by Sarah Taylor 17 Jul 09:00 UTC Alex Thomson aboard Hugo Boss © Hugo Boss Tweet
Less than four months out from the 2020 edition of the Vendée Globe, British sailor Alex Thomson has officially secured his place on the starting line.
Thomson completed a six-day solo passage onboard his IMOCA 60 race boat, HUGO BOSS, finalising his qualification for the Vendée Globe, which begins on 8th November.
“I saw a good mixture of conditions, from 2 knots all the way up to 40 knots, some upwind and some downwind. It was a really good test of the boat. There were a few challenges along the way but that’s part of the reason we do the qualification.
“This was the first time I’ve sailed solo on the boat and, I can tell you, she is a real pleasure to sail on your own. I’ve been blown away by her performance and I’m super happy with the set up. Being inside the cockpit, protected from the elements, is a real game changer, particularly as foiling offshore takes much more of a toll on the body.”
Thomson will be one of more than 30 skippers who will this year compete in the Vendée Globe, which takes place just every four years and sees sailors depart alone from the seaside town of Les Sables-d’Olonne in Western France on a 24,000nm journey around the world.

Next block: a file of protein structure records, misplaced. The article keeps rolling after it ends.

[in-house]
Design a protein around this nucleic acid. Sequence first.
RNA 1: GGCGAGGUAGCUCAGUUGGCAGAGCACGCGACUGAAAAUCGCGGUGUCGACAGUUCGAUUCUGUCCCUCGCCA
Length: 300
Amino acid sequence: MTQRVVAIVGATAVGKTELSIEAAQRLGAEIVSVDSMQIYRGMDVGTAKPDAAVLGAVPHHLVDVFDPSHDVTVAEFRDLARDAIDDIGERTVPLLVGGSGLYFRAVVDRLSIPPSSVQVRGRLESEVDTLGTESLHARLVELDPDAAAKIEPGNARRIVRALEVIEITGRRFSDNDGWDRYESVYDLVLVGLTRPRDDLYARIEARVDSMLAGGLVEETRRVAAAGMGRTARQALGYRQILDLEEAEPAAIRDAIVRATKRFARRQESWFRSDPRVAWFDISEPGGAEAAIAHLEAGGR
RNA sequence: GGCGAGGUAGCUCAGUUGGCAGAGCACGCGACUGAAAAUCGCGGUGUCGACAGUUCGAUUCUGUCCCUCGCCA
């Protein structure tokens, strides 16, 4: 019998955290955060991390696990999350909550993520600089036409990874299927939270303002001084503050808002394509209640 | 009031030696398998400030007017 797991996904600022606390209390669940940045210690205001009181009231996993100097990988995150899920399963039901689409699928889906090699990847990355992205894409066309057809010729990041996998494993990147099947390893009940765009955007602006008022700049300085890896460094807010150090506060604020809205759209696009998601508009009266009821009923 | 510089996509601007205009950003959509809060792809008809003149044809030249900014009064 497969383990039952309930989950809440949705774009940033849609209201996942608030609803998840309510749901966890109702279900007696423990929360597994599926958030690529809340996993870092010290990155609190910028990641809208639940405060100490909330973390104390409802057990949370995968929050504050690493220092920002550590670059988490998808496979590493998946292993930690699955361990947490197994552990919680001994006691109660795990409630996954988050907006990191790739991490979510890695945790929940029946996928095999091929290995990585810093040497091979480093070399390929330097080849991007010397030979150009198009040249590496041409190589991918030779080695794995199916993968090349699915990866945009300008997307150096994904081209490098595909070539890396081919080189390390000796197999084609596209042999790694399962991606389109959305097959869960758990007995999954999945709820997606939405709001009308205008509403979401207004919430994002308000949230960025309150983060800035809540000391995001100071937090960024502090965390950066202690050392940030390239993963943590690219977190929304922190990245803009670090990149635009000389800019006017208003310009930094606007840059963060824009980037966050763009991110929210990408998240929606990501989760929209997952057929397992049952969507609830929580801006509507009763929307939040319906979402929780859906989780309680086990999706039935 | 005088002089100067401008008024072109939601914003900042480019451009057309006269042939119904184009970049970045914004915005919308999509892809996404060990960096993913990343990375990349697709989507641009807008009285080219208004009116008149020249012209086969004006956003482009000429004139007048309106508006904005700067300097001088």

In order to qualify to compete in the race, skippers must meet certain criteria. For Thomson, having finished the 2016-17 edition of the Vendée Globe on his previous boat, he was required to complete a 2,000nm passage onboard the new HUGO BOSS, which was designed and built specifically for him to race in 2020.
And while the Brit completed his first solo miles, he was sure to keep one eye on his fellow IMOCA skippers who were in action in the Vendée-Arctique race: “Of course, we were disappointed not to compete in the race”. Thomson continued. “I was following it closely from the boat; it was riveting from start to finish. But as much as we would have liked to have been there, we weren’t ready to race. It was too big of a risk for us to take so close to the Vendée Globe and so it was absolutely the right decision not to compete.”
Having finished the past two editions of the Vendée Globe in third and second place, Thomson and his team are focusing all their energy on securing a victory in 2020-21: “We’re in a race against time to the start line so every day counts from now until then” he said. “Every day, we learn more about the boat and that learning process will continue right up until the start of the race. There is only one objective – to win. Nothing else matters, and everything we do between now and November 8th has to bring us closer to that goal.”